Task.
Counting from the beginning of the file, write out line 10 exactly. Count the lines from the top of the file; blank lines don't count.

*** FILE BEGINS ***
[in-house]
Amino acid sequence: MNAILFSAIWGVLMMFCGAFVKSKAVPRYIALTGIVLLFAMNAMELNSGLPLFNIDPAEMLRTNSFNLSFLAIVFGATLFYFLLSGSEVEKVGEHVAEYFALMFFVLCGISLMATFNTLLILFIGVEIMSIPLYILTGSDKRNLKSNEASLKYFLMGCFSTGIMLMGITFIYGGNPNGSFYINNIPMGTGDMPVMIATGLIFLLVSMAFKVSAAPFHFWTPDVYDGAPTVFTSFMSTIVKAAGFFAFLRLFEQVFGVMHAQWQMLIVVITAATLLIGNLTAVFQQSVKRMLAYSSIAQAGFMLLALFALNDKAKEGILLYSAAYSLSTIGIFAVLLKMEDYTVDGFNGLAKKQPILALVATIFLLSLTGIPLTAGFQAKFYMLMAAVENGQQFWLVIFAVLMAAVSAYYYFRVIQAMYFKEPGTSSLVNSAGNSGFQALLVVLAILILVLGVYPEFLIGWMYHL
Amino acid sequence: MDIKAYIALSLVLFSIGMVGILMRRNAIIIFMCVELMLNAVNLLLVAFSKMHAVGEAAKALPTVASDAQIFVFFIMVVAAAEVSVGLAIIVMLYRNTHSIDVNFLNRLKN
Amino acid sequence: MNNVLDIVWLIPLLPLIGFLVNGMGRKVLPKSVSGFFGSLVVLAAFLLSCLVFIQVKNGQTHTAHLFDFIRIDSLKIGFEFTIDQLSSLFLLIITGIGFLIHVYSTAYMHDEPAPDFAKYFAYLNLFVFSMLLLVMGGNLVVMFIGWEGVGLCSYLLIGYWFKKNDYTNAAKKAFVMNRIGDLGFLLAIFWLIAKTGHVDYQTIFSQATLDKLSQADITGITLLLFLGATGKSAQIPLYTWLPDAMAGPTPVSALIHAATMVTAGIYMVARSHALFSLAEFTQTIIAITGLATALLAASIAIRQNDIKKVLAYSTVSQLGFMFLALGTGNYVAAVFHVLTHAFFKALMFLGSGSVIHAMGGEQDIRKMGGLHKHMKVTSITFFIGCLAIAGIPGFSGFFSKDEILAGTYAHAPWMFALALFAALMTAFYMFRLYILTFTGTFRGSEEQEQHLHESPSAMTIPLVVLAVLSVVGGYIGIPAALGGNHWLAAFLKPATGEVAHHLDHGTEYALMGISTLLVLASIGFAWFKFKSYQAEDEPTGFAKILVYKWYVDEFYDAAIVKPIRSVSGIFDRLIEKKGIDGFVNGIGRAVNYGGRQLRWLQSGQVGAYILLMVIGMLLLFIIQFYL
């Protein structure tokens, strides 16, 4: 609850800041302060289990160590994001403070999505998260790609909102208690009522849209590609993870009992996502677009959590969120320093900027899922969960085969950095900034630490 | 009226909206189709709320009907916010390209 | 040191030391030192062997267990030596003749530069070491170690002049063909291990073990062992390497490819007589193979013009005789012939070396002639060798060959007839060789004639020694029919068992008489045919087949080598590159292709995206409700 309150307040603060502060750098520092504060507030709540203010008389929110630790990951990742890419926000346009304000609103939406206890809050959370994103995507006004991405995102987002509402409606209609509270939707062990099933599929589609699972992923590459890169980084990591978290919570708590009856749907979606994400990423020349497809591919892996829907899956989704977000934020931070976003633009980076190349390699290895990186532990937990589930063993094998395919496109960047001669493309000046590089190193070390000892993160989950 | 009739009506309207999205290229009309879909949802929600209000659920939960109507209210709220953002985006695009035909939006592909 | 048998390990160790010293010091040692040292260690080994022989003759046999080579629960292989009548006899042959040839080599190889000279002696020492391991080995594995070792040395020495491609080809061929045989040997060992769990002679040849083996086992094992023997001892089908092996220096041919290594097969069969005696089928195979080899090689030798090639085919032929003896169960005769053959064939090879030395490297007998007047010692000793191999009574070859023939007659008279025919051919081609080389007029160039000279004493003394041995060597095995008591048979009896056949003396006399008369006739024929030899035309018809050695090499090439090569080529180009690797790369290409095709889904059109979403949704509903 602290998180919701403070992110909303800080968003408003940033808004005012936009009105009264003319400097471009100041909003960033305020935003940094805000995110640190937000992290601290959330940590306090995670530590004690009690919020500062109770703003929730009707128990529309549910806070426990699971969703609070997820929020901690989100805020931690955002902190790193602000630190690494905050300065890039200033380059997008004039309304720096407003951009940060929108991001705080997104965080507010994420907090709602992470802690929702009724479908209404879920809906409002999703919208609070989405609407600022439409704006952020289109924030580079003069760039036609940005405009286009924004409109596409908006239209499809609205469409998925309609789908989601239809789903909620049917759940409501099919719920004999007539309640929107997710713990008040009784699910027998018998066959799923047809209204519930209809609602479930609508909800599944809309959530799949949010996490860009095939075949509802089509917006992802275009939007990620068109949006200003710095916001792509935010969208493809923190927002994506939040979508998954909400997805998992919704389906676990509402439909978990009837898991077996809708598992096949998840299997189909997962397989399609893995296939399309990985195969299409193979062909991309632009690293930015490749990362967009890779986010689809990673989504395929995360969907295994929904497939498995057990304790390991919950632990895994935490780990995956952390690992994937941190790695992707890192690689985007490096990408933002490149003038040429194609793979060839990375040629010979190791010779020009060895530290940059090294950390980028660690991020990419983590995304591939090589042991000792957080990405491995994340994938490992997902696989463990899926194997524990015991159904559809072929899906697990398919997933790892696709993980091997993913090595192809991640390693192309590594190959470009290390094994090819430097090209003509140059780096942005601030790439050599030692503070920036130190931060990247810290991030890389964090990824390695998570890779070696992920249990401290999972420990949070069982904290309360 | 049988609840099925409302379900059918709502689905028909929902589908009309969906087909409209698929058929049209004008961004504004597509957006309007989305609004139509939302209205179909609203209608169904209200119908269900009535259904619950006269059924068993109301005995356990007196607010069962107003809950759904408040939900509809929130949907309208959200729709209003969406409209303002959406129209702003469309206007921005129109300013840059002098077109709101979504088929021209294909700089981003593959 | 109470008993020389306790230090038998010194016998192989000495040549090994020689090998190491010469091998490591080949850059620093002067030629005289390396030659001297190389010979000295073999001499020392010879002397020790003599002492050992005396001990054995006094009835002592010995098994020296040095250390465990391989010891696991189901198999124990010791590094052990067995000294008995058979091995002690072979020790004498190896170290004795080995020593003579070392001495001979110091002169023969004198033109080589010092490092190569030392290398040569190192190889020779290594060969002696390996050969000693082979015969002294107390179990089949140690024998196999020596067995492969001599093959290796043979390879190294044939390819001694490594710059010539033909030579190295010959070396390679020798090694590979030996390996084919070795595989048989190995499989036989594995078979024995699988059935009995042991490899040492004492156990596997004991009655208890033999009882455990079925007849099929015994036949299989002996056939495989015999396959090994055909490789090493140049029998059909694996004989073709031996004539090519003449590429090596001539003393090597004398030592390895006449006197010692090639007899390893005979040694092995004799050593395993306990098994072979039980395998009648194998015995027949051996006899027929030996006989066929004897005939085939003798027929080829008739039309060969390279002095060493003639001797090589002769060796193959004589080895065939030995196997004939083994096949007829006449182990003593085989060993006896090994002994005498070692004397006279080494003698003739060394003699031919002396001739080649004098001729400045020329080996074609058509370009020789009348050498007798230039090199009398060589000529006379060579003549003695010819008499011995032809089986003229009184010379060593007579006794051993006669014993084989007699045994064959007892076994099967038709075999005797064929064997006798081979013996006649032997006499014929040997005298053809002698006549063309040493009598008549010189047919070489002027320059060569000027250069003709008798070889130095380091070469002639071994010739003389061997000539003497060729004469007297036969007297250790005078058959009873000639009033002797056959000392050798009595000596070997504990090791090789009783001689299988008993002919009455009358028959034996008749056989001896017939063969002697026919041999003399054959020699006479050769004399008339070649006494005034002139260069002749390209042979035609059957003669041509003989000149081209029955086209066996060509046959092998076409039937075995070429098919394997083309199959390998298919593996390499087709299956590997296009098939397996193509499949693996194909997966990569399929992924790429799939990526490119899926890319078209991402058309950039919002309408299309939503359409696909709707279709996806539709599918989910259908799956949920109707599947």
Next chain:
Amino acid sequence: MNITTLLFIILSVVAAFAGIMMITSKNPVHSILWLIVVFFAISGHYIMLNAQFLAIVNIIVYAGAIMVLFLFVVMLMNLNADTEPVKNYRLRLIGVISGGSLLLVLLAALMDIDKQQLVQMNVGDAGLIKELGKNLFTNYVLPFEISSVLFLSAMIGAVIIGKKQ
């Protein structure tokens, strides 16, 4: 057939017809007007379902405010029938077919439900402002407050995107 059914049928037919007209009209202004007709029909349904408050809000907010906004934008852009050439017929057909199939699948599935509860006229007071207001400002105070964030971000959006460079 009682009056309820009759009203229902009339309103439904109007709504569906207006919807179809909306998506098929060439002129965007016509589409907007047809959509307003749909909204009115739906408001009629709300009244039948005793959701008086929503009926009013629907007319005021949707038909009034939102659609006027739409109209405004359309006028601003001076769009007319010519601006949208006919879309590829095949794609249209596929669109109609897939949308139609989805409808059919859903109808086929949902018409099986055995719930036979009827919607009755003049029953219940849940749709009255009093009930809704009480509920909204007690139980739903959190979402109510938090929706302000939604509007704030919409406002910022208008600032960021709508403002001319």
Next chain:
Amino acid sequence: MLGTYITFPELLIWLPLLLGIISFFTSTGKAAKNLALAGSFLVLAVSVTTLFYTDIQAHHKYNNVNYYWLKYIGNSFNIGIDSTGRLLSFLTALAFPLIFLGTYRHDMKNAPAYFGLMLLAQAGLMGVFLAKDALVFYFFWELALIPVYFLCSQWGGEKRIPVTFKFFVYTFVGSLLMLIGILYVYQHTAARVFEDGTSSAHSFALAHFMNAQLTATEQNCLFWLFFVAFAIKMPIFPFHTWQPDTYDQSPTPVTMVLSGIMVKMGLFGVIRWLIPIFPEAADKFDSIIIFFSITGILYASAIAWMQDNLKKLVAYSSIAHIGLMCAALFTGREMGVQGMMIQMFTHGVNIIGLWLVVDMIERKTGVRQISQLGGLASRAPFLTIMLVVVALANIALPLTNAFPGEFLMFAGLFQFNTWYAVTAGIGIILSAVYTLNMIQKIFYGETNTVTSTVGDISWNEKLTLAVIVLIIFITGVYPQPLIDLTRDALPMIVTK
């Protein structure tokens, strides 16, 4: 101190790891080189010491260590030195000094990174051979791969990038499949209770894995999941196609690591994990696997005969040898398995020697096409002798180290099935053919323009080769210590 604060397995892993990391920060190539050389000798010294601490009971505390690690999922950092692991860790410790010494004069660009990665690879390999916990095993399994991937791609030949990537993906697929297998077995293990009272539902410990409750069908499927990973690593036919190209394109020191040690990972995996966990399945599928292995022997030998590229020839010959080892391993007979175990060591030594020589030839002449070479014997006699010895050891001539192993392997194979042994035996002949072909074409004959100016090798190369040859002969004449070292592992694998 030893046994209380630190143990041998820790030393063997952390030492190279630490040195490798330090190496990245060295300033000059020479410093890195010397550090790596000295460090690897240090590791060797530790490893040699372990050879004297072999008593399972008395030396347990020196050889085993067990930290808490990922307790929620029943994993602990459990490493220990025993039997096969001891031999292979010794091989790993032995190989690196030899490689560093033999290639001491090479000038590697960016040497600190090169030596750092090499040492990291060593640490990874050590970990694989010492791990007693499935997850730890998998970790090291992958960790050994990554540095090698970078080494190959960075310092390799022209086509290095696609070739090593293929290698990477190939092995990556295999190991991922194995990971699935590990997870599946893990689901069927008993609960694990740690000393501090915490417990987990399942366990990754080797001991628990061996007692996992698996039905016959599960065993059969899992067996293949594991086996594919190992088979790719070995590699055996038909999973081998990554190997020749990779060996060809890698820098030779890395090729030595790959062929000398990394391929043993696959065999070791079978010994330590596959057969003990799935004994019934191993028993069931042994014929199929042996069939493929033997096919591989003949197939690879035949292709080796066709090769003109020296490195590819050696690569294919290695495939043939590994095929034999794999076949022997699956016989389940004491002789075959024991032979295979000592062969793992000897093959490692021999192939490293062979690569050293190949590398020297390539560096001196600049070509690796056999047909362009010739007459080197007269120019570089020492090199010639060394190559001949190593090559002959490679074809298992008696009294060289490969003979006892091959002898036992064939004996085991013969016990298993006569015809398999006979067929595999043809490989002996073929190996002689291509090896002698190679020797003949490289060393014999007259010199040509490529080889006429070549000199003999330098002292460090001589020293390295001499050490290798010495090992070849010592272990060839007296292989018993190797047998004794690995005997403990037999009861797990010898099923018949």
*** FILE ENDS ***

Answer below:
Amino acid sequence: MLGTYITFPELLIWLPLLLGIISFFTSTGKAAKNLALAGSFLVLAVSVTTLFYTDIQAHHKYNNVNYYWLKYIGNSFNIGIDSTGRLLSFLTALAFPLIFLGTYRHDMKNAPAYFGLMLLAQAGLMGVFLAKDALVFYFFWELALIPVYFLCSQWGGEKRIPVTFKFFVYTFVGSLLMLIGILYVYQHTAARVFEDGTSSAHSFALAHFMNAQLTATEQNCLFWLFFVAFAIKMPIFPFHTWQPDTYDQSPTPVTMVLSGIMVKMGLFGVIRWLIPIFPEAADKFDSIIIFFSITGILYASAIAWMQDNLKKLVAYSSIAHIGLMCAALFTGREMGVQGMMIQMFTHGVNIIGLWLVVDMIERKTGVRQISQLGGLASRAPFLTIMLVVVALANIALPLTNAFPGEFLMFAGLFQFNTWYAVTAGIGIILSAVYTLNMIQKIFYGETNTVTSTVGDISWNEKLTLAVIVLIIFITGVYPQPLIDLTRDALPMIVTK